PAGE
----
Hajj Stampede Nothing New: We Were Almost Killed Ourselves

In the Name of God: The Extremely and Eternally Loving and Caring

I still remember it as if it was yesterday: my wife and I were on our way back from the ritual “stoning of the Devil” during our pilgrimage in 2003. It was very, very crowded, and people were everywhere going in each and every direction. Literally thousands were trying to get out at the same time as others were trying to get in. Then, it happened: my wife lost her footing and fell on me. I mustered all the strength I had to keep us from falling down.

Thank God, we did not fall, and we were saved from a certain death. Yet, on that very same day, there were other pilgrims who were not as fortunate. Unless you have been there, it is really hard to imagine how many people are at the Hajj. The pictures simply do not do it justice.

Although authorities are still investigating the cause, I can totally understand how a stampede can occur. Only one person has to panic to cause a devastating chain reaction. It is actually a blessing that a major stampede does not occur every year. Yet, sadly, these sort of things do occur, and my heart and prayers go out to the families of the victims who are now dealing with the terrible pain of the loss of their loved ones.

Although I do understand that it is very difficult, if not totally impossible, to totally control a crowd of hundreds of thousands of people all converging on one place, I also do agree with some of the criticism that authorities should do more to protect the crowds…

Read more: http://www.beliefnet.com/columnists/commonwordcommonlord#ixzz3mxgWOLa2


Forgiveness, Not Death, For Hamza Kashgari

In the Name of the Kind and Beautiful Precious Beloved

This was published on altmuslim

The ultimate fate of Saudi blogger, poet and writer Hamza Kashgari is still unknown. The 23-year-old, who formerly worked for the Saudi Arabia newspaper Al Bilad, recently tweeted some critical comments about the Prophet Muhammad (saw), which left conservative Saudi clerics crying blasphemy and calling for his blood. Kashgari’s cause has been taken up by Muslims around the world, many who say the call for his execution goes against the Prophet’s emphasis on love and forgiveness.

On the Prophet’s birthday (which fell on Feb. 12), Kashgari tweeted these statements, in 140 character increments, of course:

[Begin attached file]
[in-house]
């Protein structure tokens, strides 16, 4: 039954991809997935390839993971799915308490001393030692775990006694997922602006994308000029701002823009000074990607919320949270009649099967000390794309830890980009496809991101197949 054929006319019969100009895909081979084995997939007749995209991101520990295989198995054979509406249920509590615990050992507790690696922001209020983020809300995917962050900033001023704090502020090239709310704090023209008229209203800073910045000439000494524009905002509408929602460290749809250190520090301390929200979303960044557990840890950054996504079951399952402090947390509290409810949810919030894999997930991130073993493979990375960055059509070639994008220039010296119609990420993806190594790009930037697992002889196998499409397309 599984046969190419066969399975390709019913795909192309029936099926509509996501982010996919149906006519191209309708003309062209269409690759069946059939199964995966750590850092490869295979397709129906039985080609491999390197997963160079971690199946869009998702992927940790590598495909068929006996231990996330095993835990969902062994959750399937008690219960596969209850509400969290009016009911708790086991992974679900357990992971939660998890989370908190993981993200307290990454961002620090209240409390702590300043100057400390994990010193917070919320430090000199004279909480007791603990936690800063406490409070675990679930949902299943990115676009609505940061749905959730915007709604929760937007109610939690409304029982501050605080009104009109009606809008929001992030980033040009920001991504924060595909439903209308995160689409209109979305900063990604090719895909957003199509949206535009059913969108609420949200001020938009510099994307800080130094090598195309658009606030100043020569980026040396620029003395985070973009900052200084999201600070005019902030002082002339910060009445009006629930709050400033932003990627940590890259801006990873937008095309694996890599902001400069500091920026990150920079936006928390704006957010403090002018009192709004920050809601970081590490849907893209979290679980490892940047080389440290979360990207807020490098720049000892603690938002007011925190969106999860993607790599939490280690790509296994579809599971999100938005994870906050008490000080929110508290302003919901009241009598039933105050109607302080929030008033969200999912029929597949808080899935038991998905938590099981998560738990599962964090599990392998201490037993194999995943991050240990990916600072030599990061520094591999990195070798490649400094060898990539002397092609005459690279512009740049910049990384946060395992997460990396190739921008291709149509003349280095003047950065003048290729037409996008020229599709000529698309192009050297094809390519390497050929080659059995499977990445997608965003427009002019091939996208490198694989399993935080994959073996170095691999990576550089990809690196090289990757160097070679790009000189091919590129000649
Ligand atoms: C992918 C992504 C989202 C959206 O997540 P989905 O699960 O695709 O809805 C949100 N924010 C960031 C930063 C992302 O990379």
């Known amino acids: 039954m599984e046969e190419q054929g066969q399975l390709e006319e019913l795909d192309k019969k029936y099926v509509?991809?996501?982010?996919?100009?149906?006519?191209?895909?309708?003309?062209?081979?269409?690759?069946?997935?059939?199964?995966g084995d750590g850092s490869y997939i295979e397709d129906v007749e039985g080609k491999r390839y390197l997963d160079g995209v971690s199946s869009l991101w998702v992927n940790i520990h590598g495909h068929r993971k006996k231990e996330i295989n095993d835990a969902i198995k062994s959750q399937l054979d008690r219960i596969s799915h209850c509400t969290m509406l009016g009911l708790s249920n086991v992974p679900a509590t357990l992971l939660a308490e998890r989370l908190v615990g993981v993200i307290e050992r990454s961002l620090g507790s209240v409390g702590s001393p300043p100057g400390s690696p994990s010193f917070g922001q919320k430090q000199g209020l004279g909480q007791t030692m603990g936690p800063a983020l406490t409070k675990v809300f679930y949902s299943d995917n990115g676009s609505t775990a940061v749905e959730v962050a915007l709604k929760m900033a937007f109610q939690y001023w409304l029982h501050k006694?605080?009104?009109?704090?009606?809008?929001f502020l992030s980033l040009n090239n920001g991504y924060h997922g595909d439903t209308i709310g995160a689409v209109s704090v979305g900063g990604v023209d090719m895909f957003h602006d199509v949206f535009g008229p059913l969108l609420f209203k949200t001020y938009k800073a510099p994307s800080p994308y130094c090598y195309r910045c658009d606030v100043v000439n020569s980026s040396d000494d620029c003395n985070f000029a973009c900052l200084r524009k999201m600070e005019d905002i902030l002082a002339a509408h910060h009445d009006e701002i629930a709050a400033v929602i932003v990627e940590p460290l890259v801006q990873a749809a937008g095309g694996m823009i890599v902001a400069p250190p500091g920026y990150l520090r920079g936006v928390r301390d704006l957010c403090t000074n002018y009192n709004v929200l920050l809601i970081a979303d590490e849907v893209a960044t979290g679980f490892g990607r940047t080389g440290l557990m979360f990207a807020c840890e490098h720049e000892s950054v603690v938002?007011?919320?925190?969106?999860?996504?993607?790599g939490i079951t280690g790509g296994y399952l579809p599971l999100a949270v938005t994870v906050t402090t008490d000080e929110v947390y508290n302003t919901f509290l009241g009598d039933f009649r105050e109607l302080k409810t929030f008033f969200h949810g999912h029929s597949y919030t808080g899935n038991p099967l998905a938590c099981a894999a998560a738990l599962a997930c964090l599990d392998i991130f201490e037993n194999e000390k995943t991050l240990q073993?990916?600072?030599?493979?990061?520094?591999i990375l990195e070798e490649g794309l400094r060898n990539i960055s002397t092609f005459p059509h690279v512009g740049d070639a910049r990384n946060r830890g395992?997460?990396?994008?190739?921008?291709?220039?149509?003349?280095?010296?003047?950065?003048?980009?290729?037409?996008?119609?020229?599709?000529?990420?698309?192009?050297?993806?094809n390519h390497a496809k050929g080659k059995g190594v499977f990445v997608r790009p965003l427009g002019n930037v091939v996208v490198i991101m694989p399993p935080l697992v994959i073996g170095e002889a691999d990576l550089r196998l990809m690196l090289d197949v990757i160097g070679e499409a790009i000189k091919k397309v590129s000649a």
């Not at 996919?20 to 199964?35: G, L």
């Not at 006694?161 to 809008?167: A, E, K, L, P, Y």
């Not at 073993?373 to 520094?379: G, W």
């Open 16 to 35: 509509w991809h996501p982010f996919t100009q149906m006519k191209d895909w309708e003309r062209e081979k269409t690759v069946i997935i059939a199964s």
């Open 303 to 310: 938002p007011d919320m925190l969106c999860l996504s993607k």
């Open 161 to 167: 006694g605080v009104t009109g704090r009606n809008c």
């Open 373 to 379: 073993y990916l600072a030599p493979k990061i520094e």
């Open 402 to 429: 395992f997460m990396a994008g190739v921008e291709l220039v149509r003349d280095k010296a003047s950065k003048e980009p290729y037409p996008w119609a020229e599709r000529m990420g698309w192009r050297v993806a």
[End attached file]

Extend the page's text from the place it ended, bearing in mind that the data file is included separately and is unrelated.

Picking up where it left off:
On your birthday, I will say that I have loved the rebel in you, that you’ve always been a source of inspiration to me, and that I do not like the halos of divinity around you. I shall not pray for you. On your birthday, I find you wherever I turn. I will say that I have loved aspects of you, hated others, and could not understand many more. On your birthday, I shall not bow to you. I shall not kiss your hand. Rather, I shall shake it as equals do, and smile as you smile at me. I shall speak to you as a friend, no more.

Because of those tweets, conservative clerics are clamoring for his death. I, and many others, spoke out against his execution, citing the fact that there is no evidence in the Qu’ran that calls for the death penalty for apostasy. But what’s more sorrowful is that in the heated rhetoric surrounding this young man’s tweets, lost is the substance of what he wrote. No one, it seems, focused on this statement: “I will say that I have loved aspects of you, hated others, and could not understand many more.” That, I think, is the key: He did not understand many aspects of the Prophet, his life and ministry.

Well, especially if that is the case, then the response should be compassion and education, not death and destruction. And, even if he had completely denied the prophet hood of Muhammad, he shouldn’t be executed. His faith, or lack thereof, is his choice. Kashgari, like all of us, will be judged by God, and it is not our place to play God’s role.

Maybe, despite his having been born and raised on the same piece of earth as the Prophet, Kashgari really did not know the Prophet Muhammad’s story, his life and his ministry. Maybe he did not really know the beauty of his character, the sanctity of his method or the magnanimity of his conduct. Maybe he did not really know how much his contemporaries loved him, how much his family adored him and how his followers were devastated when he was gone. Maybe Hamza Kashgari just does not understand, as seems to be from his tweets.